• Figure: On the left, we show the three networks recovered using the edge-centric model on three Senates. On the right, we show the three networks recovered using the vertex-centric model on the same three Senates.

Recovering Social Networks by Observing Votes 
  • Yi Huang, Brian Powers, and Lev Reyzin, Training-Time Optimization of a Budgeted Booster, IJCAI2015

    • Abstract: We consider the problem of feature-efficient prediction – a setting where features have costs and the learner is limited by a budget constraint on the total cost of the features it can examine in test time. We focus on solving this problem with boosting by optimizing the choice of base learners in the training phase and stopping the boosting process when the learner's budget runs out. We experimentally show that our method improves upon the boosting approach AdaBoostRS and in many cases also outperforms the recent algorithm SpeedBoost. We provide a theoretical justication for our optimization method via the margin bound. We also experimentally show that our method outperforms pruned decision trees, a natural budgeted classifier.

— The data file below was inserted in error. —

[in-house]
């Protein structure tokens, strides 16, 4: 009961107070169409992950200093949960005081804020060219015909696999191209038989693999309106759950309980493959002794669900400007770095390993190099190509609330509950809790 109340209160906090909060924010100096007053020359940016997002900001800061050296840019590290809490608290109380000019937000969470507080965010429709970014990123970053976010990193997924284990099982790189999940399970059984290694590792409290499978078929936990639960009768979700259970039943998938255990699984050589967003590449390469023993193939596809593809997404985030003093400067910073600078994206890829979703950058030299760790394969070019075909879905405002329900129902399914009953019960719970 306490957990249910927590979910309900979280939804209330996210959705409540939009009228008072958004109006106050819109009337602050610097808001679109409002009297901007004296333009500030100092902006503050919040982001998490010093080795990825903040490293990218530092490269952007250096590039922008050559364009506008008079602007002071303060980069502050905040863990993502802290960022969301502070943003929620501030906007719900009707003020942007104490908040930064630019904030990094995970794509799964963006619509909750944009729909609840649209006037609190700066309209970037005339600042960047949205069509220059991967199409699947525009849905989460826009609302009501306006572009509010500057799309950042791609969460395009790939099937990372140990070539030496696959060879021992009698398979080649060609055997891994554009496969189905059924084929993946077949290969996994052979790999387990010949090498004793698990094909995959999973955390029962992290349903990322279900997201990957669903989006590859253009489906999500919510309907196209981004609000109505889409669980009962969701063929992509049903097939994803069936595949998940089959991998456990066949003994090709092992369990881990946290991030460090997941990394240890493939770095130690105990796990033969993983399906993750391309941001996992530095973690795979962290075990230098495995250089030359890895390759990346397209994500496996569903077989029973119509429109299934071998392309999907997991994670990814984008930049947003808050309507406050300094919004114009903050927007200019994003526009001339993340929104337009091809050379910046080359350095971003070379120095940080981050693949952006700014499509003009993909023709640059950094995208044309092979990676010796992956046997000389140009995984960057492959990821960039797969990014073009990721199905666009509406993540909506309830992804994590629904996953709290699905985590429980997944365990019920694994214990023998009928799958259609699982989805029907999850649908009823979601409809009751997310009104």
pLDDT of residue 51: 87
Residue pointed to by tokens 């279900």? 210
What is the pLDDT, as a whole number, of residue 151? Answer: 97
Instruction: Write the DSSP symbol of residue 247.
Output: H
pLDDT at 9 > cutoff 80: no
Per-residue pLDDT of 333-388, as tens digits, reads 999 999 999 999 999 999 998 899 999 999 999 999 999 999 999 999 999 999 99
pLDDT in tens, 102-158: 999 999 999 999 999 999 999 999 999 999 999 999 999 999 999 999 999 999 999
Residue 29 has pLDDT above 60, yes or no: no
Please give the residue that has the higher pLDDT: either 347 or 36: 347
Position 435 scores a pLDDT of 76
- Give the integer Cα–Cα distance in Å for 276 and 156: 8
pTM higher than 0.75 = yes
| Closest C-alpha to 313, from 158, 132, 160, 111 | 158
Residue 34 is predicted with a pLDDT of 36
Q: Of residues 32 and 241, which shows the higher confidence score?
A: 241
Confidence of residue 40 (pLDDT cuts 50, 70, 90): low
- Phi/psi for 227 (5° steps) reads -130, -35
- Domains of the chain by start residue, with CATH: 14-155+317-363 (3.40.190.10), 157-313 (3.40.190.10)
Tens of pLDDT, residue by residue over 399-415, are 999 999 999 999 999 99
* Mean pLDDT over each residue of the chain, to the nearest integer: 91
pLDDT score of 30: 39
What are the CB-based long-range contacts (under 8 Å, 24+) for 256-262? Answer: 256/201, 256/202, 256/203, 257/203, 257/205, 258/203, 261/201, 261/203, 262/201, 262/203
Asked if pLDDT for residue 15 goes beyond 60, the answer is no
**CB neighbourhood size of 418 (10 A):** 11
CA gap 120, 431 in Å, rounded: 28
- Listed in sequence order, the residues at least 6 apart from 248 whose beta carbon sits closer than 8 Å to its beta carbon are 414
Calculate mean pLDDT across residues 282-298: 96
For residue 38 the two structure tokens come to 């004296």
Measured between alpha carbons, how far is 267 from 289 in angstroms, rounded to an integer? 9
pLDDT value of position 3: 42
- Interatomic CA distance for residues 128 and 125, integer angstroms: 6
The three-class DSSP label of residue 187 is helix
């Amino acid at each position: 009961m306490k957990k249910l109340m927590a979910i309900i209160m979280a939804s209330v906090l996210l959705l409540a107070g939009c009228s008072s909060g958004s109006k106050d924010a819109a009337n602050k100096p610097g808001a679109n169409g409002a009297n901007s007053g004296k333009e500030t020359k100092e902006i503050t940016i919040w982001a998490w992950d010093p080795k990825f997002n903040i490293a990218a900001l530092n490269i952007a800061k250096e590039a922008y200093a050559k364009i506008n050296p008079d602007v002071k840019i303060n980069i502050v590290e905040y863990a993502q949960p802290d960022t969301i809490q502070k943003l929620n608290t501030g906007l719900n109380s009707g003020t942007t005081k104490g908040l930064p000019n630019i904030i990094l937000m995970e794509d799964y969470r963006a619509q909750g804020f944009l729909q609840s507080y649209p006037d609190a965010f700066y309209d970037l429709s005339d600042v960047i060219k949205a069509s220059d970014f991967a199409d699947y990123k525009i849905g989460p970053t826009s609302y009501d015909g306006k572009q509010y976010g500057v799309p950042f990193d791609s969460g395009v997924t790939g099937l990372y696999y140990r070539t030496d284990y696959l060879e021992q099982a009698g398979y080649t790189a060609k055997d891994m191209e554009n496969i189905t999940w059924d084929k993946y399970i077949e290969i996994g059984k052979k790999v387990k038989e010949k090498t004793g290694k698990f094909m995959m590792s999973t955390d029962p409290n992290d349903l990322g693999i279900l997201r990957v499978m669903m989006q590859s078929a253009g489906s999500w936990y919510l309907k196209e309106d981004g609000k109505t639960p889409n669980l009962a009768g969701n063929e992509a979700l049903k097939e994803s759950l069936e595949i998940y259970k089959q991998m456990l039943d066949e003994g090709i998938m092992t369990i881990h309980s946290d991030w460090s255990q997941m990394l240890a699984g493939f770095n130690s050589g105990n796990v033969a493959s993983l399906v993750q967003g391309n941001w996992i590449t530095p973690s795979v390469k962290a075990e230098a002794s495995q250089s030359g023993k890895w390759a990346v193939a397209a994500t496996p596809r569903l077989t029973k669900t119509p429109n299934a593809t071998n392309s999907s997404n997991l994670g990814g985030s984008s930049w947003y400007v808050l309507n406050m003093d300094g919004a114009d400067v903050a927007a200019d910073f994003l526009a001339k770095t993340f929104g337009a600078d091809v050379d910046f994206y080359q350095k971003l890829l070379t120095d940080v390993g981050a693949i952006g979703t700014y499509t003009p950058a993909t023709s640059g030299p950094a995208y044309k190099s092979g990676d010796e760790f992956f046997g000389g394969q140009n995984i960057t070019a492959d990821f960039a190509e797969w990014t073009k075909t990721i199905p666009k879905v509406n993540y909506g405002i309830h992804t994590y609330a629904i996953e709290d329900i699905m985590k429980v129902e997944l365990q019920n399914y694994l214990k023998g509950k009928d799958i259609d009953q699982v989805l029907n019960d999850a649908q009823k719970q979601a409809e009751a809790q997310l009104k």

• Figure: The image on the right shows the comparison of error rates v.s. costs of methods we metion in this paper on three datasets from the UCI machine learning repository, and the image on the right is that for Yahoo Webscop set 2 where the cost is real CPU time.

Training-Time Optimization of a Budgeted Booster 

Ph.D. Theses: Problems in Learning under Limited Resources and Information